For Yankee fans outside of New York City, the perfect answer would likely be WFAN if the Yanks jump ship. Like WCBS, it is a clear-channel AM station with a signal that reaches from Boston to Washington if listening conditions are just right. WEPN, on the other hand, barely reaches Albany. In the immediate area, 101.9 has a strong signal, but as an FM station, its overall reach is limited. (For what it’s worth, local stations that rebroadcast games as part of the Yankees Radio Network will not be impacted by the flagship deal.)
With all of these radio happenings, though, the question of who will be behind the mics remains. John Sterling and Suzyn Waldman will be coming back for at least 2012, but the sports media world has featured some on-again, off-again rumblings of a new radio team. A new flagship may want to find a younger team or the Yanks may elect to maintain or replace Sterling and Waldman. Despite his roll as the long-time Voice of the Yankees, John Sterling is a very divisive person among Yankee fans. His home run calls may get laughs, but it’s tough to tell which game he’s watching when he broadcasts. As one columnist once wrote, the Yanks play two games — the one on the field and the one John Sterling calls.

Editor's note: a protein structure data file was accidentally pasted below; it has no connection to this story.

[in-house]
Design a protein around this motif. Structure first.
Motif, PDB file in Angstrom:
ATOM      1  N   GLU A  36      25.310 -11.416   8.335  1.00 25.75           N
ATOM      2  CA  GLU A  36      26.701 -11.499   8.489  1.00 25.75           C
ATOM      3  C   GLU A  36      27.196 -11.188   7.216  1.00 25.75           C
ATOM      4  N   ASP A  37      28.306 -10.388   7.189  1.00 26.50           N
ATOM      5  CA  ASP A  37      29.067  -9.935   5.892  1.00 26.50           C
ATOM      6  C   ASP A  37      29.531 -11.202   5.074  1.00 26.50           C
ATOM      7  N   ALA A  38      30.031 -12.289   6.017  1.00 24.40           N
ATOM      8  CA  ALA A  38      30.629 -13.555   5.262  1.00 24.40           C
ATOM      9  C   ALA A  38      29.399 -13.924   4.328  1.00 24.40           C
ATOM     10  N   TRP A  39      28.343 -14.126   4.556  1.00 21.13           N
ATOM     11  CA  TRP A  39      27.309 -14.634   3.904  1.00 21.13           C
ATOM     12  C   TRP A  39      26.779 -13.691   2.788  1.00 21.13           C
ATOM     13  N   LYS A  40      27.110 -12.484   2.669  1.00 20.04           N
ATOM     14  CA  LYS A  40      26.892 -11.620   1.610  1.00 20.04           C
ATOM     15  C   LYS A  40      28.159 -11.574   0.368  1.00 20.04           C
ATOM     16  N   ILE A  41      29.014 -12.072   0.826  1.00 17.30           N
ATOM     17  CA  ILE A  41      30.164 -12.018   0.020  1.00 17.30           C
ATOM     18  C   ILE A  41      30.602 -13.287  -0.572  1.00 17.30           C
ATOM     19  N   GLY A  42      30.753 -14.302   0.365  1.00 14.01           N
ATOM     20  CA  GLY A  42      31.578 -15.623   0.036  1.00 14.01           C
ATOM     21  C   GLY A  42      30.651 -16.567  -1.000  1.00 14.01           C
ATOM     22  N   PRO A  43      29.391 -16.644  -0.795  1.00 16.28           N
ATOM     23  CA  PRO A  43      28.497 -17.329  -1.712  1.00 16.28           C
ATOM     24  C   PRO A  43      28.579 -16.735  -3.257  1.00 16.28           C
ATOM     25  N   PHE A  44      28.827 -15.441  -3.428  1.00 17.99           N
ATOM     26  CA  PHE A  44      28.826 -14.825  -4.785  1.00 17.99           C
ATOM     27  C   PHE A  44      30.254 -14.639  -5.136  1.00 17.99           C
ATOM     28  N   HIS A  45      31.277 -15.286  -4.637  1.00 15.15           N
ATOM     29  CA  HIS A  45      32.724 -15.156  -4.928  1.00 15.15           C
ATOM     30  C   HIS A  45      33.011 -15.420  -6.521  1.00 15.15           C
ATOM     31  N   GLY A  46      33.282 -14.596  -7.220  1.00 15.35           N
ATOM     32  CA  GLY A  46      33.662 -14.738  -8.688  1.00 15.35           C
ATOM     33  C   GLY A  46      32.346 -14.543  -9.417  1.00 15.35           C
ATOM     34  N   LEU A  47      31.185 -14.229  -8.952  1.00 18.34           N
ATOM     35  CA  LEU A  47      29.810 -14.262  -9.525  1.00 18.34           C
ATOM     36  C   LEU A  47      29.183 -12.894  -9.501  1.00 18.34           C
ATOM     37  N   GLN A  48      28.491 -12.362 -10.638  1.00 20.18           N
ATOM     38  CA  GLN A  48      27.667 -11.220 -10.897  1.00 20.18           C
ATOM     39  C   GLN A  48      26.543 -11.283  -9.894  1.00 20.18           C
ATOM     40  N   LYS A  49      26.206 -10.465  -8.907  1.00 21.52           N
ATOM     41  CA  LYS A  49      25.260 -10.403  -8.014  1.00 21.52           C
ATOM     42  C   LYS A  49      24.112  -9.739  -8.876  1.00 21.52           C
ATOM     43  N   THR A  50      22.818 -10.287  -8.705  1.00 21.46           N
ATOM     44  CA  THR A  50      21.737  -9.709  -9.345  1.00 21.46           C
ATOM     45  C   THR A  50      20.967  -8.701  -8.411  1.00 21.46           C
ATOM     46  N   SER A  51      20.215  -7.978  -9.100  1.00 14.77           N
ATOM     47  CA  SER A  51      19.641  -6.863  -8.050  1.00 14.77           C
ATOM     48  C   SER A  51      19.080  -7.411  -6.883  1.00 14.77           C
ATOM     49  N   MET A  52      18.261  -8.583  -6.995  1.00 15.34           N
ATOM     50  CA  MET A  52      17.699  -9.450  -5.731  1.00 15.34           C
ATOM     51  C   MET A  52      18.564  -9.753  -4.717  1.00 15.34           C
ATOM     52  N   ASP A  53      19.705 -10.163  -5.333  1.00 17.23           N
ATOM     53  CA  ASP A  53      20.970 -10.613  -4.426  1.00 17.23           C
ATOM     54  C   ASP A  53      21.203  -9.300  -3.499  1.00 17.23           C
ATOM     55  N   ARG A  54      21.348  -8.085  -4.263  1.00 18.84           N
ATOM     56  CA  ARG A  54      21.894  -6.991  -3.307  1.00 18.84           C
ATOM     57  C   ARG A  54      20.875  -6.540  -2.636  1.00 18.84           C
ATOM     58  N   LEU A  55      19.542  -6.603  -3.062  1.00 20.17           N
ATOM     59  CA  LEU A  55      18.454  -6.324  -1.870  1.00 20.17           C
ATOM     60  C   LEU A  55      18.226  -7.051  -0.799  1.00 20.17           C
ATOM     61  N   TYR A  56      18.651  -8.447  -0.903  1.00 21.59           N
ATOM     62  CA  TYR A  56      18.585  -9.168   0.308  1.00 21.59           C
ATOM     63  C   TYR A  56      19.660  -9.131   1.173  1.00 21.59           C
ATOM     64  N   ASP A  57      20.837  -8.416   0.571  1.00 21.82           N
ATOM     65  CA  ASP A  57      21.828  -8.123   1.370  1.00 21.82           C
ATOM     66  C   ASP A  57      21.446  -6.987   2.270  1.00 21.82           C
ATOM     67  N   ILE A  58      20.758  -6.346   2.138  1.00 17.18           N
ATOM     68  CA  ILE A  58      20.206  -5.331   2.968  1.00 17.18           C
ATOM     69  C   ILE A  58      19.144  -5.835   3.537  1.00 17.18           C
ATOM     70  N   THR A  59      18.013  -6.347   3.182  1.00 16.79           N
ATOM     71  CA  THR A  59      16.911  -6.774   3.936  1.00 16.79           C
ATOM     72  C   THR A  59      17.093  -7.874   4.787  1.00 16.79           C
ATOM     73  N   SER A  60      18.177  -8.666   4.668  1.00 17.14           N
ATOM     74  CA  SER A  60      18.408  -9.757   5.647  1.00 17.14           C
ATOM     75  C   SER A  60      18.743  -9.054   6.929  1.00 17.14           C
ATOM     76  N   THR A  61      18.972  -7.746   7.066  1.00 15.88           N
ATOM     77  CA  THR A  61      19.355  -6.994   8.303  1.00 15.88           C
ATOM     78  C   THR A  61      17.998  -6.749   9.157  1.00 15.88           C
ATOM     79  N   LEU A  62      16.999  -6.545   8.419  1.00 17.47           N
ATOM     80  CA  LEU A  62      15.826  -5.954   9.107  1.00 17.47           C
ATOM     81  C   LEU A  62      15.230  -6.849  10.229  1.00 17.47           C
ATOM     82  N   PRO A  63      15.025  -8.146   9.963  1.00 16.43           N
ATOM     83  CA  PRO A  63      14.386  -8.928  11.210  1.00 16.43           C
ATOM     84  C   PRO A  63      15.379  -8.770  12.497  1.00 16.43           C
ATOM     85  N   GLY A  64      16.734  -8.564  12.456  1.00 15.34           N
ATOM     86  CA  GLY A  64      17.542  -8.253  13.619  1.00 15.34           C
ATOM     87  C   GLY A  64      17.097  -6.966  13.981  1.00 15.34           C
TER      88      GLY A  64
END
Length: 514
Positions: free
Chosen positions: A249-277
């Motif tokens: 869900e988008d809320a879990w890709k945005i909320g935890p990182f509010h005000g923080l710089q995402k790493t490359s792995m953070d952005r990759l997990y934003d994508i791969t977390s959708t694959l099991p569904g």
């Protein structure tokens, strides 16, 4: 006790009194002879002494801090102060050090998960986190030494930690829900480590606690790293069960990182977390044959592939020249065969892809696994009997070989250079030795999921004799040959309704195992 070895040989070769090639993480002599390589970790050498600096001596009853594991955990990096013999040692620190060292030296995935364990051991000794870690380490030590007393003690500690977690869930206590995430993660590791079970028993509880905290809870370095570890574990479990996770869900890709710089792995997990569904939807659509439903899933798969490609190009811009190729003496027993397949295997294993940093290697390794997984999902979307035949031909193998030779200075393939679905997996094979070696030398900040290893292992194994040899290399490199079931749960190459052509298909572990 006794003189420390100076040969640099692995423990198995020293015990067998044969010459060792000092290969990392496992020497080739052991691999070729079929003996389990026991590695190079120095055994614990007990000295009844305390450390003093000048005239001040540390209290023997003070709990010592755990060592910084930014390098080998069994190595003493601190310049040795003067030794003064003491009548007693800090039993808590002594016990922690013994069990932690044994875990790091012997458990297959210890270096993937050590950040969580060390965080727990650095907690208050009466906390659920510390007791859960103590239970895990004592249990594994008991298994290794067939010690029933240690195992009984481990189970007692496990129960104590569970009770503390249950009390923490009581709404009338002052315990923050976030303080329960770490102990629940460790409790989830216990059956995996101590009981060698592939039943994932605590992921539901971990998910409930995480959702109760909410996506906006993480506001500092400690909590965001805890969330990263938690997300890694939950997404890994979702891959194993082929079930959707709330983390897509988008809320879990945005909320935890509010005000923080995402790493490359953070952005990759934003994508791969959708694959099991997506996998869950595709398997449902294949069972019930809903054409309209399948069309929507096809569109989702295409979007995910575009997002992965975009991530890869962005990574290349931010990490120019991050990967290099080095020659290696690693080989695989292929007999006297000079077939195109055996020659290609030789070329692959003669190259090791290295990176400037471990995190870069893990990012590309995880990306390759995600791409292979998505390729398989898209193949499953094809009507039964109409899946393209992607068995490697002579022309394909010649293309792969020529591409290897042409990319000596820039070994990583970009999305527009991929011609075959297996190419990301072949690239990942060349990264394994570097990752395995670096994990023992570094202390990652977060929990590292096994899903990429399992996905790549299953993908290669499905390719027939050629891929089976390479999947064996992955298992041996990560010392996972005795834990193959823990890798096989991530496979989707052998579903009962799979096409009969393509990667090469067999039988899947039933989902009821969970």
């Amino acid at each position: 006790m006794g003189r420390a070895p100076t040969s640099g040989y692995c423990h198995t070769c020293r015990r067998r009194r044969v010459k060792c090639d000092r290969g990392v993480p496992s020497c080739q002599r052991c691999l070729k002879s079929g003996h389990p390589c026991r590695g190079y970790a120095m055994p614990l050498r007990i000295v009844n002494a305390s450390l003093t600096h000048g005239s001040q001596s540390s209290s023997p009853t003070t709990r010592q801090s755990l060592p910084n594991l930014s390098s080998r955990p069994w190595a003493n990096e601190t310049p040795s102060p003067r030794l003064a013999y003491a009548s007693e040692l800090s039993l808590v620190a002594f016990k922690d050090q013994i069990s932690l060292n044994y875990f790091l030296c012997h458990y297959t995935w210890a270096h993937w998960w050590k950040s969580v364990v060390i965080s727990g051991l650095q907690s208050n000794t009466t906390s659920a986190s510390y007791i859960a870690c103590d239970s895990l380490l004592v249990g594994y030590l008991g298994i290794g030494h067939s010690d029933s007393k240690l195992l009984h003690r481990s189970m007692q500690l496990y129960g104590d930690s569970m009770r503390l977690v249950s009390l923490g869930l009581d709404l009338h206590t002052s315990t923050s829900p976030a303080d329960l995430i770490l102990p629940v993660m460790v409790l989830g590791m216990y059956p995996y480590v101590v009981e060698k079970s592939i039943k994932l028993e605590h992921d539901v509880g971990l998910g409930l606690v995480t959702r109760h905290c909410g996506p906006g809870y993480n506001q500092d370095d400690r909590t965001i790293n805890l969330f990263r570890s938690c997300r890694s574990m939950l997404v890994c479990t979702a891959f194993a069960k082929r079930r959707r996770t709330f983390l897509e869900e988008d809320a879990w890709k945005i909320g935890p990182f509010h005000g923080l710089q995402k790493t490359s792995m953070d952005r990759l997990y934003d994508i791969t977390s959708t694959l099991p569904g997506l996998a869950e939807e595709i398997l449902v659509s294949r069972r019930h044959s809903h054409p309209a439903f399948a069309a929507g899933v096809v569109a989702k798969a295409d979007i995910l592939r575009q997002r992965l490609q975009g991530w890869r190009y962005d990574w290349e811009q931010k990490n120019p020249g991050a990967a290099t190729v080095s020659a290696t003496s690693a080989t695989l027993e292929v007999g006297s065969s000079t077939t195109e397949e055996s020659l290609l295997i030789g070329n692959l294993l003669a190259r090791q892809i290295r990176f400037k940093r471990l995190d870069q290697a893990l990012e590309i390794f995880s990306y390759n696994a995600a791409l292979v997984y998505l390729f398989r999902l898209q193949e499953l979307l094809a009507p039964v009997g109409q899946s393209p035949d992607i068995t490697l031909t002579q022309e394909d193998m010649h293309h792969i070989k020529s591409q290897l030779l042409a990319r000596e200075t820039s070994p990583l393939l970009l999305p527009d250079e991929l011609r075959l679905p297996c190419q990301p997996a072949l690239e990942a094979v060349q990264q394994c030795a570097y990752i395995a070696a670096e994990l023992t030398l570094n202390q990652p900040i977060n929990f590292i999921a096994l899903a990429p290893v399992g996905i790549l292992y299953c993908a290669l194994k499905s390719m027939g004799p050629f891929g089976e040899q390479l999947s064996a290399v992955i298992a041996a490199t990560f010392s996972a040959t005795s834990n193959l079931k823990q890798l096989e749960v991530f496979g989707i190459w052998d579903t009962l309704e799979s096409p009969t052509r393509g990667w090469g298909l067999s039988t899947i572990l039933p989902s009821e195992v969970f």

And so like all good or bad things, 2012 could be the end of a Yankee radio era. Waldman, for the trail she has blazed for female radio personas, won’t draw too many tears if she is jettisoned. I personally won’t miss John Sterling. His repetitiveness and willingness to play fast and loose with the game on the field make for an exhausting broadcast. But I know a few people who find this personality far more charming than a rote play-by-play guy. So as the Hot Stove League begins to heat up with free agency looming, on this night in November, I leave you with a poll. What would you do with John Sterling?
Yankees radio broadcasts will air on WCBS-AM for the 2012 season, and the club anticipates the return of John Sterling and Suzyn Waldman to the